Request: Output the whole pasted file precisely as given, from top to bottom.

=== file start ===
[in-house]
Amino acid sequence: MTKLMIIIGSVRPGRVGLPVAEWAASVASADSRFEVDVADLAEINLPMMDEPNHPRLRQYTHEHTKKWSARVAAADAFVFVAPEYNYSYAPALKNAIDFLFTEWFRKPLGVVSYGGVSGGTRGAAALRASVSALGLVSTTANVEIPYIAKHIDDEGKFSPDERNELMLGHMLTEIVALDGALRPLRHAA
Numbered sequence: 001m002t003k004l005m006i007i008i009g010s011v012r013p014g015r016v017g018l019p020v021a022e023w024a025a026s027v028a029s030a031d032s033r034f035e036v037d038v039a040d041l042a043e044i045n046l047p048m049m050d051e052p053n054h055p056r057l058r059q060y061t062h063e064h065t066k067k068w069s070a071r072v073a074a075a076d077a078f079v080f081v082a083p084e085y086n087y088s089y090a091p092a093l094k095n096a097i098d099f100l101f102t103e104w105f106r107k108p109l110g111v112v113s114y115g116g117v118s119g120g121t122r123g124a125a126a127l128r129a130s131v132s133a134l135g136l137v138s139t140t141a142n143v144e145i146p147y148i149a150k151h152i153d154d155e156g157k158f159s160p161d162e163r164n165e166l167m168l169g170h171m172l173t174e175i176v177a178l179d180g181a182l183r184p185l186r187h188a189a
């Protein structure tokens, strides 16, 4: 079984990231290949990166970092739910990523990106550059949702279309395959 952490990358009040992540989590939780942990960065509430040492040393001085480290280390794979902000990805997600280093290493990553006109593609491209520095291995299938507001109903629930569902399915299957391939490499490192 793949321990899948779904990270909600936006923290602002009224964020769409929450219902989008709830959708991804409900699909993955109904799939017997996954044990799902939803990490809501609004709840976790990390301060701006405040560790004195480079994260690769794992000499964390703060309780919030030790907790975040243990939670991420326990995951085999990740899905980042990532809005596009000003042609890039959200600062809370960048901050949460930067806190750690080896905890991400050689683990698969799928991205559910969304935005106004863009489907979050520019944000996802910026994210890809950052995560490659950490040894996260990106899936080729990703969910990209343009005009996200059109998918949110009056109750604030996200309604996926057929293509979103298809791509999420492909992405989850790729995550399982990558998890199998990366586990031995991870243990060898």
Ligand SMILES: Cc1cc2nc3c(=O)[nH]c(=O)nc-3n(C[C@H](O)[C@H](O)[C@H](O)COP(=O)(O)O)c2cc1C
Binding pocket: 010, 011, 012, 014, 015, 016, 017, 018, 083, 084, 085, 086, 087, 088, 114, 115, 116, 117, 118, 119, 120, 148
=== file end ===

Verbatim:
[in-house]
Amino acid sequence: MTKLMIIIGSVRPGRVGLPVAEWAASVASADSRFEVDVADLAEINLPMMDEPNHPRLRQYTHEHTKKWSARVAAADAFVFVAPEYNYSYAPALKNAIDFLFTEWFRKPLGVVSYGGVSGGTRGAAALRASVSALGLVSTTANVEIPYIAKHIDDEGKFSPDERNELMLGHMLTEIVALDGALRPLRHAA
Numbered sequence: 001m002t003k004l005m006i007i008i009g010s011v012r013p014g015r016v017g018l019p020v021a022e023w024a025a026s027v028a029s030a031d032s033r034f035e036v037d038v039a040d041l042a043e044i045n046l047p048m049m050d051e052p053n054h055p056r057l058r059q060y061t062h063e064h065t066k067k068w069s070a071r072v073a074a075a076d077a078f079v080f081v082a083p084e085y086n087y088s089y090a091p092a093l094k095n096a097i098d099f100l101f102t103e104w105f106r107k108p109l110g111v112v113s114y115g116g117v118s119g120g121t122r123g124a125a126a127l128r129a130s131v132s133a134l135g136l137v138s139t140t141a142n143v144e145i146p147y148i149a150k151h152i153d154d155e156g157k158f159s160p161d162e163r164n165e166l167m168l169g170h171m172l173t174e175i176v177a178l179d180g181a182l183r184p185l186r187h188a189a
């Protein structure tokens, strides 16, 4: 079984990231290949990166970092739910990523990106550059949702279309395959 952490990358009040992540989590939780942990960065509430040492040393001085480290280390794979902000990805997600280093290493990553006109593609491209520095291995299938507001109903629930569902399915299957391939490499490192 793949321990899948779904990270909600936006923290602002009224964020769409929450219902989008709830959708991804409900699909993955109904799939017997996954044990799902939803990490809501609004709840976790990390301060701006405040560790004195480079994260690769794992000499964390703060309780919030030790907790975040243990939670991420326990995951085999990740899905980042990532809005596009000003042609890039959200600062809370960048901050949460930067806190750690080896905890991400050689683990698969799928991205559910969304935005106004863009489907979050520019944000996802910026994210890809950052995560490659950490040894996260990106899936080729990703969910990209343009005009996200059109998918949110009056109750604030996200309604996926057929293509979103298809791509999420492909992405989850790729995550399982990558998890199998990366586990031995991870243990060898």
Ligand SMILES: Cc1cc2nc3c(=O)[nH]c(=O)nc-3n(C[C@H](O)[C@H](O)[C@H](O)COP(=O)(O)O)c2cc1C
Binding pocket: 010, 011, 012, 014, 015, 016, 017, 018, 083, 084, 085, 086, 087, 088, 114, 115, 116, 117, 118, 119, 120, 148